“Korean Opera Singer,” Ensign, Mar. 2001, 67
Korean-born baritone Hans Choi was only 12 years old when he decided he wanted to be a professional singer. At that time, Western music wasn’t readily available in Korea, but after he happened to listen to a couple of old Enrico Caruso records, he knew he wanted to sing opera. Now, over 30 years later, he has gained international acclaim singing in opera houses and recital halls in Europe, Asia, and the United States.
Brother Choi received his first vocal training while a student at Yon Sei University in Seoul. In 1981, though not a Church member, he was invited to be soloist for a Christmas concert with the Korean Mormon Choir. Although he sang regularly for another church, “I was looking for a church and a doctrine I could relate to. When I met the members of the Korean Mormon Choir I felt welcome. Everyone was very kind. Not only did I sing with the choir, I eventually became its director,” he said. The assistant director was a young lady named Kyung Shin, who had joined the Church 10 years earlier. With her encouragement, Brother Choi accepted the missionary discussions and a copy of the Book of Mormon. His commitment to the Church—and to Kyung Shin—deepened, and he was baptized and married in 1982.
Two years later the Korean and Italian governments awarded scholarships to Brother Choi, and the Chois moved to Milan, Italy, where he spent the next few years studying at the Osimo Academy, the Giuseppe Verdi Conservatory, and La Scala Theater Academy. Brother Choi then took first place in the prestigious Verdi Music Competition in Busseto, Italy. “For me, winning the Verdi Competition marked the beginning of my professional career. … The day of the competition I was very nervous. I was afraid. I asked my bishop for a blessing. He told me to have faith in my ability and to have faith in the gift Heavenly Father had given me. I have always tried to follow that counsel. I feel grateful to the Lord every time I sing.”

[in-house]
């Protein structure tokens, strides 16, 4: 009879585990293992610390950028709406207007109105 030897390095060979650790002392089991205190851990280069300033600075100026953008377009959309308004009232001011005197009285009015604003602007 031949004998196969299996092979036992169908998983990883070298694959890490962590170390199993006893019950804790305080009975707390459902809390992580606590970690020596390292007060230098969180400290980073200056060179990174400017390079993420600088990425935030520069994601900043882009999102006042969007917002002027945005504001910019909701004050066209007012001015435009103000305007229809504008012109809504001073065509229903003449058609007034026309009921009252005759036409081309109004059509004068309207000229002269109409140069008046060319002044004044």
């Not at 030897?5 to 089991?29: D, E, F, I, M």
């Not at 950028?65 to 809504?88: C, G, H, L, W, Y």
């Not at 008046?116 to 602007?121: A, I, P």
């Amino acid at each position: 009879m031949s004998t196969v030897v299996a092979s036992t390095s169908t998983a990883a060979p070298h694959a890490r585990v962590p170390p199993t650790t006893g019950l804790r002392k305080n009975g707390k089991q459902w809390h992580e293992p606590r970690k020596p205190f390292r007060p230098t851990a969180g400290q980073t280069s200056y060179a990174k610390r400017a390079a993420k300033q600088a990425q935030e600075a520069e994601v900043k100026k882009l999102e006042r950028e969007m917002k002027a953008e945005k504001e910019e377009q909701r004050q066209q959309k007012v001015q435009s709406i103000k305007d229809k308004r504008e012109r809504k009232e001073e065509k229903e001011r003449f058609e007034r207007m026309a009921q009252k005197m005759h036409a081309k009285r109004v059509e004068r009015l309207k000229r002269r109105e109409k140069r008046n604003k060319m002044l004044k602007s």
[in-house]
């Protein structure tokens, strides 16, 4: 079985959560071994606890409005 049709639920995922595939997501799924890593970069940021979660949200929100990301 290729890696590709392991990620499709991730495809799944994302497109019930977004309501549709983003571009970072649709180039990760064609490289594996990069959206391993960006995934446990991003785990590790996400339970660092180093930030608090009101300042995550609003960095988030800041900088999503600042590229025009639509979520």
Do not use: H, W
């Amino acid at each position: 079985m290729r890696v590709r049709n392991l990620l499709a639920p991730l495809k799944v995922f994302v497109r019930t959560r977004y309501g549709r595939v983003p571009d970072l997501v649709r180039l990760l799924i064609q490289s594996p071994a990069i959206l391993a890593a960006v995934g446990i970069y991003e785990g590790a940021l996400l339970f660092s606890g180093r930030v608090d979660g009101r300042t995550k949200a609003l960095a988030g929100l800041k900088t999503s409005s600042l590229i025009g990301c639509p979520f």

In 1988 Brother Choi accepted an invitation to sing with the Philadelphia Opera Company, and the Choi family moved to the United States. Then in 1990 he entered the Tchaikovsky Competition in Moscow. “I don’t think I would have entered the competition without my wife’s encouragement. … I was the first Korean ever to sing in the competition. I felt proud to be representing my country, and I wanted to do well. I sang four songs in Russian and then others in English, German, French, Spanish, and Korean. As I sang, a feeling of patriotism welled within me and gave me greater confidence.” Brother Choi not only won the competition, he became the first to be awarded two gold medals.
His career has included recitals at the Washington D.C. Temple Visitors’ Center and the Assembly Hall on Temple Square in Salt Lake City, Utah. He has also been a guest soloist with the Mormon Tabernacle Choir. “It was a great honor to be invited to sing with the Tabernacle Choir. It’s a memory I shall always cherish.”
Intertwined with his professional career is Church service. “My Church membership has never been in conflict with my professional career. People within the music community know and respect the fact that I am a Latter-day Saint.”—Glen Nelson, Manhattan Second Ward, New York New York Stake